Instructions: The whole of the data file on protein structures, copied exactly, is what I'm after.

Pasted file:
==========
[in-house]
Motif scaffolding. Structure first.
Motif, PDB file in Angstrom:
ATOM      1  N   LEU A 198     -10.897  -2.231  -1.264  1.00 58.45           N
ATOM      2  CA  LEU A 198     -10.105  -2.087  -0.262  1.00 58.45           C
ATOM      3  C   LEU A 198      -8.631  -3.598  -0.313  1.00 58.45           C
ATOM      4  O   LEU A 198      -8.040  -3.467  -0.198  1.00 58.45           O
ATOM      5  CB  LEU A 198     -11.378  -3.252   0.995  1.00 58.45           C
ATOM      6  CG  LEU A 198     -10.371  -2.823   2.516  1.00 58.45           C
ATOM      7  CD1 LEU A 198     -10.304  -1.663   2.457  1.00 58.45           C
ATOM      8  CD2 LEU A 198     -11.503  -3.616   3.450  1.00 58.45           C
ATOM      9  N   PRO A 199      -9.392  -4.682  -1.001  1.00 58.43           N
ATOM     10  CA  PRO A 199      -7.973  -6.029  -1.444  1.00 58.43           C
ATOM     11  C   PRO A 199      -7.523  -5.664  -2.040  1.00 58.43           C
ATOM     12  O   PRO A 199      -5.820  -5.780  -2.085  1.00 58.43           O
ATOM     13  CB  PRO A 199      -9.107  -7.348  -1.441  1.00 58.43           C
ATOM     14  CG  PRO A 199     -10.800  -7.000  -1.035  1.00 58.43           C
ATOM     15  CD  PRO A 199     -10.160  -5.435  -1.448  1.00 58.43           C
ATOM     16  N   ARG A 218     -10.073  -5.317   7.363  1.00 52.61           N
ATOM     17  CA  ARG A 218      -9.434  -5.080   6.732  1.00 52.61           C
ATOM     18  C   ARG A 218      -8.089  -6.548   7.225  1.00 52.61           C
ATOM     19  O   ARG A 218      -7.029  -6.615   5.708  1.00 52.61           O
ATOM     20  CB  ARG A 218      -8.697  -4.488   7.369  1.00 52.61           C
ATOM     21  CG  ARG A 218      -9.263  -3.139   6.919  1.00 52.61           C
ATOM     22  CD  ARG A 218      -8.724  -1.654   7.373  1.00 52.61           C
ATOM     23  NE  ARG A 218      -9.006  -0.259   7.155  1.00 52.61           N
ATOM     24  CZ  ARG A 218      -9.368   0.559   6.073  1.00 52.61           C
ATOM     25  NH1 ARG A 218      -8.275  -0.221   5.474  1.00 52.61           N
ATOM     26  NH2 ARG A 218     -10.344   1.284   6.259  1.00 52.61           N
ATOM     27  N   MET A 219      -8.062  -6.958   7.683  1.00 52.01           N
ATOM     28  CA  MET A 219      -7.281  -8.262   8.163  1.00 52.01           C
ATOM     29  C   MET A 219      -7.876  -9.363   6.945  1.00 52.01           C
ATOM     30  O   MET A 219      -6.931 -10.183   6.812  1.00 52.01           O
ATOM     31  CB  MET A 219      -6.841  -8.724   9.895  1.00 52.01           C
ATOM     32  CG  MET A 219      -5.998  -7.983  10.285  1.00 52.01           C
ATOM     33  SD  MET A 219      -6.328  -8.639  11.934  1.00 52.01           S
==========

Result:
[in-house]
Motif scaffolding. Structure first.
Motif, PDB file in Angstrom:
ATOM      1  N   LEU A 198     -10.897  -2.231  -1.264  1.00 58.45           N
ATOM      2  CA  LEU A 198     -10.105  -2.087  -0.262  1.00 58.45           C
ATOM      3  C   LEU A 198      -8.631  -3.598  -0.313  1.00 58.45           C
ATOM      4  O   LEU A 198      -8.040  -3.467  -0.198  1.00 58.45           O
ATOM      5  CB  LEU A 198     -11.378  -3.252   0.995  1.00 58.45           C
ATOM      6  CG  LEU A 198     -10.371  -2.823   2.516  1.00 58.45           C
ATOM      7  CD1 LEU A 198     -10.304  -1.663   2.457  1.00 58.45           C
ATOM      8  CD2 LEU A 198     -11.503  -3.616   3.450  1.00 58.45           C
ATOM      9  N   PRO A 199      -9.392  -4.682  -1.001  1.00 58.43           N
ATOM     10  CA  PRO A 199      -7.973  -6.029  -1.444  1.00 58.43           C
ATOM     11  C   PRO A 199      -7.523  -5.664  -2.040  1.00 58.43           C
ATOM     12  O   PRO A 199      -5.820  -5.780  -2.085  1.00 58.43           O
ATOM     13  CB  PRO A 199      -9.107  -7.348  -1.441  1.00 58.43           C
ATOM     14  CG  PRO A 199     -10.800  -7.000  -1.035  1.00 58.43           C
ATOM     15  CD  PRO A 199     -10.160  -5.435  -1.448  1.00 58.43           C
ATOM     16  N   ARG A 218     -10.073  -5.317   7.363  1.00 52.61           N
ATOM     17  CA  ARG A 218      -9.434  -5.080   6.732  1.00 52.61           C
ATOM     18  C   ARG A 218      -8.089  -6.548   7.225  1.00 52.61           C
ATOM     19  O   ARG A 218      -7.029  -6.615   5.708  1.00 52.61           O
ATOM     20  CB  ARG A 218      -8.697  -4.488   7.369  1.00 52.61           C
ATOM     21  CG  ARG A 218      -9.263  -3.139   6.919  1.00 52.61           C
ATOM     22  CD  ARG A 218      -8.724  -1.654   7.373  1.00 52.61           C
ATOM     23  NE  ARG A 218      -9.006  -0.259   7.155  1.00 52.61           N
ATOM     24  CZ  ARG A 218      -9.368   0.559   6.073  1.00 52.61           C
ATOM     25  NH1 ARG A 218      -8.275  -0.221   5.474  1.00 52.61           N
ATOM     26  NH2 ARG A 218     -10.344   1.284   6.259  1.00 52.61           N
ATOM     27  N   MET A 219      -8.062  -6.958   7.683  1.00 52.01           N
ATOM     28  CA  MET A 219      -7.281  -8.262   8.163  1.00 52.01           C
ATOM     29  C   MET A 219      -7.876  -9.363   6.945  1.00 52.01           C
ATOM     30  O   MET A 219      -6.931 -10.183   6.812  1.00 52.01           O
ATOM     31  CB  MET A 219      -6.841  -8.724   9.895  1.00 52.01           C
ATOM     32  CG  MET A 219      -5.998  -7.983  10.285  1.00 52.01           C
ATOM     33  SD  MET A 219      -6.328  -8.639  11.934  1.00 52.01           S